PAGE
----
Ashoka (Asoka Maurya) was born in 304 BC. He ruled the Mauryan Empire after Emperor Bindusara, the father of Ashoka, from 274 BC to 232 BC .
Basically his reign has been divided in two distinct phase, the first phase which is also referred as “Chandashoka” or ‘Cruel Ashoka’ and the second phase, referred to as “Dharmashoka” or Righteous (Religious) Ashoka. His reign is considered to be one of the most prosperous times in Indian history.
Early Life of Ashoka
Ashoka was born to a Brahmin mother, Dhamma, of ajivika sect. The queen was initially conspired and kept away from the king Bindusara, but finally this ended and she gave birth to a son, on this day she exclaimed “My sorrows (shoka) have ended” and Ashoka got his name.
Being a prince, Ashoka got a royal military training. His skills with sword were unmatched. He was an emotionless and ruthless viceroy. It is said that he use to conduct loyalty tests amongst his ministers and people failing to pass the test were exterminated.
Chandashoka : Ashoka, the Dreaded General
The first phase of Ashoka, ‘Chandashoka’, “Chand” refers to “Chandal” or a Demon. Ashoka was feared by all his subordinates. In his first few ventures, he was asked to subdue the uprising taking place in Ujjain. His portrait of a cruel general and also the news of his appointment as a viceroy of Ujjain calmed the rebellion. Ashoka was also referred by his elder brother, Susima, to suppress the civil rebellion, taking place in Taxila in 279 BC, which was successfully suppressed by Ashoka.
Half- Brothers of Ashoka were jealous and scared of his potential and forced Bindusara to send him on an exile in Kalinga. In 274 BC when Emperor Bindusara became ill Ashoka returned to Magadha and got himself involved in a bloody struggle for the throne. Although, Bindusara wanted the elder brother Susima to be the next ruler, Ashoka along with the court’s prime minister, Radhagupt, was able to plot Susima to death. It is said that Ashoka killed all of his brothers, except Tissa.
Ashoka, the ruler of Magadha
Ashoka succeed the throne in 273 BC. For next 8 years he was in a desperate search of power and expansion. Ashoka inherited a fairly large empire and he had all the plans to expand it. During his reign, Mauryan Empire spread out to Afghanistan and Iran In the West, Myanmar in the East, Hindukush in the North and most of Tamil Nadu and Kerala in the South, covering most of the Peninsula. Only the Southernmost part of the Peninsula and Sri Lanka were NOT the part of Maurya Empire.
War on Kalinga – 265 BC
There was a province named Kalinga (present day Orissa) on the North-Eastern coast of the Indian Peninsula, which was NOT captured by Magadha. Ashoka considered this democratic free state of Kalinga as a disgrace for Magadha Empire and in 265 BC declared war on Kalinga. The warriors of Kalinga were courageous and fought daringly. The war was a bloody massacre, and Magadha was able to annex Kalinga. A total of hundred thousand people died in the war including ten thousand of Ashoka’s own men.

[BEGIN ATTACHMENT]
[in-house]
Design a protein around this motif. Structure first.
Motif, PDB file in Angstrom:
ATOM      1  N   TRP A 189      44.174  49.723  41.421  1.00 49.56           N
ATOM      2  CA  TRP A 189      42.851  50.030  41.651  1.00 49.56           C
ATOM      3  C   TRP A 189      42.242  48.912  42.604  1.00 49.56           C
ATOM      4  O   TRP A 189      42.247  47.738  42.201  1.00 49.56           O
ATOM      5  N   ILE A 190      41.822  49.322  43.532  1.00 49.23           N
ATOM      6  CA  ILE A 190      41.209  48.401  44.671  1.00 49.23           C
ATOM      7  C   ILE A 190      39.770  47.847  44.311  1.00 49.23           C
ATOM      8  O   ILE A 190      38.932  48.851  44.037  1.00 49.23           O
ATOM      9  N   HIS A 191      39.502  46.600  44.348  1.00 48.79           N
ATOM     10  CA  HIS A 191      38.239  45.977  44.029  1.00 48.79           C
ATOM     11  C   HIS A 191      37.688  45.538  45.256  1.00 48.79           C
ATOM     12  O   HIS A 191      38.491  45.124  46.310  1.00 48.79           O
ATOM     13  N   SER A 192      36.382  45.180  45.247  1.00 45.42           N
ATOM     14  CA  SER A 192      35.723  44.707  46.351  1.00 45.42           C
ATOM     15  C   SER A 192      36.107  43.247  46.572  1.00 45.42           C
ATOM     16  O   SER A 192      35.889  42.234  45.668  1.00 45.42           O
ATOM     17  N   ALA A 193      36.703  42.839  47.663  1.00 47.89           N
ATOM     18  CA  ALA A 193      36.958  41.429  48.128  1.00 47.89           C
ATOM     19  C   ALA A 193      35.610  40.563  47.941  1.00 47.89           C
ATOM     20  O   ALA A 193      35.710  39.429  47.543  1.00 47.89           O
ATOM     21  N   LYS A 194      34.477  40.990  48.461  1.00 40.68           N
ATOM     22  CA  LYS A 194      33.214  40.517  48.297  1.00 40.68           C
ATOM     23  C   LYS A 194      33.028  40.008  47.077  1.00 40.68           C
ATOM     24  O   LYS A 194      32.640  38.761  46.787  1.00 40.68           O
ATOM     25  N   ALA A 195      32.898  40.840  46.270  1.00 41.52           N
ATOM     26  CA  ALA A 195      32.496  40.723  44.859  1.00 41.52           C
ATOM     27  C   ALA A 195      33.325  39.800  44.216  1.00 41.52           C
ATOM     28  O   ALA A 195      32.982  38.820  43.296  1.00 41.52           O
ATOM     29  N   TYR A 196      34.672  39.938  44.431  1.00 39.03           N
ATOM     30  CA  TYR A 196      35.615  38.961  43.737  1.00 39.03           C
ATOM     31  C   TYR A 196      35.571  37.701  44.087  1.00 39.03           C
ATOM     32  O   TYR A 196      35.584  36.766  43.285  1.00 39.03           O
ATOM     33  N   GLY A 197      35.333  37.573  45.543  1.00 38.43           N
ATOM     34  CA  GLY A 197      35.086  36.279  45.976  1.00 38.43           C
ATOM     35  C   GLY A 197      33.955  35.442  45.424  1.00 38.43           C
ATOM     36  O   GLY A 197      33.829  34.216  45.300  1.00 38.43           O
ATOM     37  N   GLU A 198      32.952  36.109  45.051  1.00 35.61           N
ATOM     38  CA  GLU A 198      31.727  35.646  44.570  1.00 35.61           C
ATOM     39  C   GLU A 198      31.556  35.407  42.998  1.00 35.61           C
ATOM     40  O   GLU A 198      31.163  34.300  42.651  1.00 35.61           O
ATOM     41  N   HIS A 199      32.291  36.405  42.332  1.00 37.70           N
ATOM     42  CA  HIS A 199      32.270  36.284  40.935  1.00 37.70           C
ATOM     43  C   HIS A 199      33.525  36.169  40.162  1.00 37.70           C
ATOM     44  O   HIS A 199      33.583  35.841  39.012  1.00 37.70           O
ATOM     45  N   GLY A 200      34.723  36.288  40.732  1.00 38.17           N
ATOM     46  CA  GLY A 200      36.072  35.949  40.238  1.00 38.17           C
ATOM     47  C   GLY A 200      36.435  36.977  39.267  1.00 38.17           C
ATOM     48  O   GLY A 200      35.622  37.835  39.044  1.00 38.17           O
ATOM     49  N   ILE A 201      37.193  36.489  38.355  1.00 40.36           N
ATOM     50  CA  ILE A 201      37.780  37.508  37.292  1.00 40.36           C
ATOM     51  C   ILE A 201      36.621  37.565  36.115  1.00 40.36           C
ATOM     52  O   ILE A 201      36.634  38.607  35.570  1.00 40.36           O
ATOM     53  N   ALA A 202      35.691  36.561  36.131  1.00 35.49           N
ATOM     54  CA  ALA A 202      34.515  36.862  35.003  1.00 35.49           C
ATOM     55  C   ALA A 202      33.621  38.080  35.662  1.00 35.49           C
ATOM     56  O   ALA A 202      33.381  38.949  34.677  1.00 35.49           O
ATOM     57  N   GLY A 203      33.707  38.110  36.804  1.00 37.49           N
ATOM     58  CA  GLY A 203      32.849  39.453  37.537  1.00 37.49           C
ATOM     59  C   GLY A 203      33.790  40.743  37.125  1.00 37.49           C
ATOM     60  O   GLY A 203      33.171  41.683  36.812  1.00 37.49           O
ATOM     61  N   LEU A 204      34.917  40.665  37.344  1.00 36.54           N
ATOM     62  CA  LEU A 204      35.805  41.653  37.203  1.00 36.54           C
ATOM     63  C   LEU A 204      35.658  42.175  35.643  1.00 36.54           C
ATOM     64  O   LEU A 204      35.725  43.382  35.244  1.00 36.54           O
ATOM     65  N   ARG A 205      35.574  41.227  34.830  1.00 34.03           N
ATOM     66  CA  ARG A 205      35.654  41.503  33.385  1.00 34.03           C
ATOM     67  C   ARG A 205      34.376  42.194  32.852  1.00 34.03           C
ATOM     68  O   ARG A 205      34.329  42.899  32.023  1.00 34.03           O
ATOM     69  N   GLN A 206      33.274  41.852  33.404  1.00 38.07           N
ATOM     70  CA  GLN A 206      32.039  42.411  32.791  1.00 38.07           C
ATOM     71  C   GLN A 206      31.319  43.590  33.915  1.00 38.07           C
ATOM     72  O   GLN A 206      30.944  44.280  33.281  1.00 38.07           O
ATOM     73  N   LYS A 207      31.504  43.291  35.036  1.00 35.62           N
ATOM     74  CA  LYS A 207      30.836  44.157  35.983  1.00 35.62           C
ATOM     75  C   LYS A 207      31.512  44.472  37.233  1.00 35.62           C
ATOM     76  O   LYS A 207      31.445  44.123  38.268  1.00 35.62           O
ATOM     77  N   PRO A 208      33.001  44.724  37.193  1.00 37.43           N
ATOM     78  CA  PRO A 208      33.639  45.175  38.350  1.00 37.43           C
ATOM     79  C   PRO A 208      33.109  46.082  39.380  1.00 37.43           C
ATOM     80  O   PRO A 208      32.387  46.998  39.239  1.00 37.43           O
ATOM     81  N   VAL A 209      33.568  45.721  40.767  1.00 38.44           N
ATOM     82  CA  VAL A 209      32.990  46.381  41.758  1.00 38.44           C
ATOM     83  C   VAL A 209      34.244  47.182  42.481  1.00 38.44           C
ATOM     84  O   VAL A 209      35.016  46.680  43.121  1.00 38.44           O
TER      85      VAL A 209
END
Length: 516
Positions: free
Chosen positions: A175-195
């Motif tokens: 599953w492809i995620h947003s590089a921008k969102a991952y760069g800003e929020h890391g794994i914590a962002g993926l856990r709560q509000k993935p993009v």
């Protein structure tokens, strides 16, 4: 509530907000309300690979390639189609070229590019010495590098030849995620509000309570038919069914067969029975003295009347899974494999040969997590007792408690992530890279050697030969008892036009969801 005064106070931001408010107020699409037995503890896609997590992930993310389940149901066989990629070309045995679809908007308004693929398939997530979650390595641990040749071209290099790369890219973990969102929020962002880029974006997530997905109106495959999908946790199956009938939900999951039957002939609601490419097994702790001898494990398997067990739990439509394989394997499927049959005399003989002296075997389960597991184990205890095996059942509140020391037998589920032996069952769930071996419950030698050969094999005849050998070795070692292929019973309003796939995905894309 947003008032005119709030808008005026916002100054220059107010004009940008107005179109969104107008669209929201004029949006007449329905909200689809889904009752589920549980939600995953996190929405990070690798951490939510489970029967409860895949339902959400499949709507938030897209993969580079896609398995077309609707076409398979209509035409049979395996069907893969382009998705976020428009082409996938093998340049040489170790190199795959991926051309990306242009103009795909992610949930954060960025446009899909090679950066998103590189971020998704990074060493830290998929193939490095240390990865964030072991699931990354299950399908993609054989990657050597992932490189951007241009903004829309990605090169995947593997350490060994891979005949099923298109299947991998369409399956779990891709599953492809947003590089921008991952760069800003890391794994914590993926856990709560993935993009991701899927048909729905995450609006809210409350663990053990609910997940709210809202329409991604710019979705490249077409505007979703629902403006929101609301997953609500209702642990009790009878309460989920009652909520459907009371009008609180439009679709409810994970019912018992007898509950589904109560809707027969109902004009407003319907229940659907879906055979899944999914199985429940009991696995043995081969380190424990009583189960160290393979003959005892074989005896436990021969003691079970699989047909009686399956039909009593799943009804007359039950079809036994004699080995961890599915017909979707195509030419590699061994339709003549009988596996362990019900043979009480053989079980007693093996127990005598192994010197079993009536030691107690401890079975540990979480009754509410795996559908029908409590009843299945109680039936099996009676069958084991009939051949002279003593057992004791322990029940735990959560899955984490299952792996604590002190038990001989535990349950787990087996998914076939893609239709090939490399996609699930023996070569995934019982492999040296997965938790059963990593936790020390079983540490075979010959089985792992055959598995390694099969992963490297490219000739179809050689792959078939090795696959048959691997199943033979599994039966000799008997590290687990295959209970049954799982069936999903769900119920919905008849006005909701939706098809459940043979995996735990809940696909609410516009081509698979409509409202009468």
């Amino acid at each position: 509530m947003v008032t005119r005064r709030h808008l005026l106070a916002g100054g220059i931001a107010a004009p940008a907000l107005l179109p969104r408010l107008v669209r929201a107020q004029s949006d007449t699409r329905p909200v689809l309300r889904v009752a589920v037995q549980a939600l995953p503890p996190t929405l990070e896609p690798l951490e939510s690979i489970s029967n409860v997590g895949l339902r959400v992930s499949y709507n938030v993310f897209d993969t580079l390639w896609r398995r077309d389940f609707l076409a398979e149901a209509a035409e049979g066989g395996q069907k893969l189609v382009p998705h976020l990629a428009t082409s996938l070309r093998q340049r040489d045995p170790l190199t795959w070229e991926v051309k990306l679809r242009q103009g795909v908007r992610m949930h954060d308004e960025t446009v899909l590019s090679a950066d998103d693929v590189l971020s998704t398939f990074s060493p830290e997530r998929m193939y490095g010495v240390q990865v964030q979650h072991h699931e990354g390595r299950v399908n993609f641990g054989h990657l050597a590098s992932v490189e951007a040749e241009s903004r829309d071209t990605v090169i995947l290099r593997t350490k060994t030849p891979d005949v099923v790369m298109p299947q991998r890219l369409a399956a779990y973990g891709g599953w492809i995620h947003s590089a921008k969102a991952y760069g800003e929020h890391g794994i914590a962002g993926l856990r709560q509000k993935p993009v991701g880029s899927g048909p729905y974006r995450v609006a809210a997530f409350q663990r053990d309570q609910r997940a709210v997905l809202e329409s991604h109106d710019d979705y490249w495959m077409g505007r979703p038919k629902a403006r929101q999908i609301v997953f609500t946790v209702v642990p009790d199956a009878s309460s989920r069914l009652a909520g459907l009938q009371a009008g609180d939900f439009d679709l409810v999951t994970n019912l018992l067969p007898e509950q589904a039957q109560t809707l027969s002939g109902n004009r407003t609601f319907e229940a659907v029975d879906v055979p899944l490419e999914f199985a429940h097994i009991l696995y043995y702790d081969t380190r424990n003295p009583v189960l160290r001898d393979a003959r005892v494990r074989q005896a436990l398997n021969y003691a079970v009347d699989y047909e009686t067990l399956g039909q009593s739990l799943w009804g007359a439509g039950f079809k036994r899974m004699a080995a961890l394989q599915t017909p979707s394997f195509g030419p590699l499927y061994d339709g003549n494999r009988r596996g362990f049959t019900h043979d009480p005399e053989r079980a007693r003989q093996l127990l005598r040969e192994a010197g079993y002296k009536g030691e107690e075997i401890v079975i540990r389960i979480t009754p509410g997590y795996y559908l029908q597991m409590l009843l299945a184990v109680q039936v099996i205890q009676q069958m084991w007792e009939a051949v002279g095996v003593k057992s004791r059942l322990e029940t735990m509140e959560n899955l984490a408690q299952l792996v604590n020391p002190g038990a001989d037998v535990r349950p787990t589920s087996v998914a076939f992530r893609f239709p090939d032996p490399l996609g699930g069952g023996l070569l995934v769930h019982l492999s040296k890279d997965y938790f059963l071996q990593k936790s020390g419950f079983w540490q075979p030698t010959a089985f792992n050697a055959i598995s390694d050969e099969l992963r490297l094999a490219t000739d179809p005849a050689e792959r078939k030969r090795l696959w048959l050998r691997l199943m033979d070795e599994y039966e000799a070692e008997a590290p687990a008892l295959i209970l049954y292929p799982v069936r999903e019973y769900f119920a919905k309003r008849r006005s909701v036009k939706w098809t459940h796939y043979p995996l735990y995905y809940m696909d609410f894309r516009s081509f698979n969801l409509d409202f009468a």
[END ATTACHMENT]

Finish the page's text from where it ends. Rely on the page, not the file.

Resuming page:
Soon after the war got over, Ashoka came to survey the battlefield. Looking at the scene of the carnage, he was deeply distressed.
This event changed his life and he moved on to the second phase of his life, the phase which also gave rise to era of Ancient Indian History.
Dharmashoka : The Second Phase of Ashoka’s Life
After watching so much of blood and gore in the battlefield Ashoka took a resolution of never getting involved in a war again. Ashoka was influenced by his first wife, Devi, who was a Buddhist and started practicing Buddhism. Ashoka promoted vegetarianism. He also became the first Buddhist ruler of India.
Ashoka initiated and funded a lot of campaigns to spread Buddhism to a lot of parts of the world. He is credited the spreading of Buddhism to Sri Lanka, Greece and Egypt.
Ashoka involved himself in construction of various Buddhist Stupas. The Stupa of Sanchi is one of the largest and oldest stupa in the world till day. The twins from his eldest wife, Sanghamitra and Mahindra, were send to Ceylon (Sri Lanka) to spread Buddhism. On their way, they constructed thousands of Stupas and Viharas for Buddhist followers.
Ashoka banned hunting. The unnecessary slaughtering of animals stopped. Ashoka ordered the construction of University, improved irrigation system. He also promoted ‘Equality for all’. The neighboring empires were treated with respect. Ashoka advocated tolerance for all as the prime objective of Dharma.
Death and Final Years
Ashoka ruled for around 42 years. During the last few years he seemed to have been under the magic charm of his youngest wife, Tishyaraksha. One of the interesting occurrences takes an account of blinding of Ashoka’s son, Kunala, by Tishyaraksha (It is said that Kunala and Tishyaraksha were of same age and Tishyaraksha was attracted towards Kunala, but seeing Kunala’s lack of interest in her she decided to take a revenge and got him blinded). When the Emperor came to know about this he ordered the execution of the Queen.
Ashoka was succeeded by Dasaratha Maurya, grandson of Ashoka.
Unfortunately, the kind of justice and equality that was demonstrated by Ashoka during his reign of 42 years could not be shown by any of his successors and the whole Mauryan Empire was brought down to ground within 50 years of his death.
The golden era of Indian history ended. The Great Maurya Dynasty fragmented into small kingdoms. The Mauryan Dynasty was succeeded by Sunga Dynasty in year 185 BC when the last Mauryan ruler, Brihadratha, was executed by his military general Pusyamitra Sunga.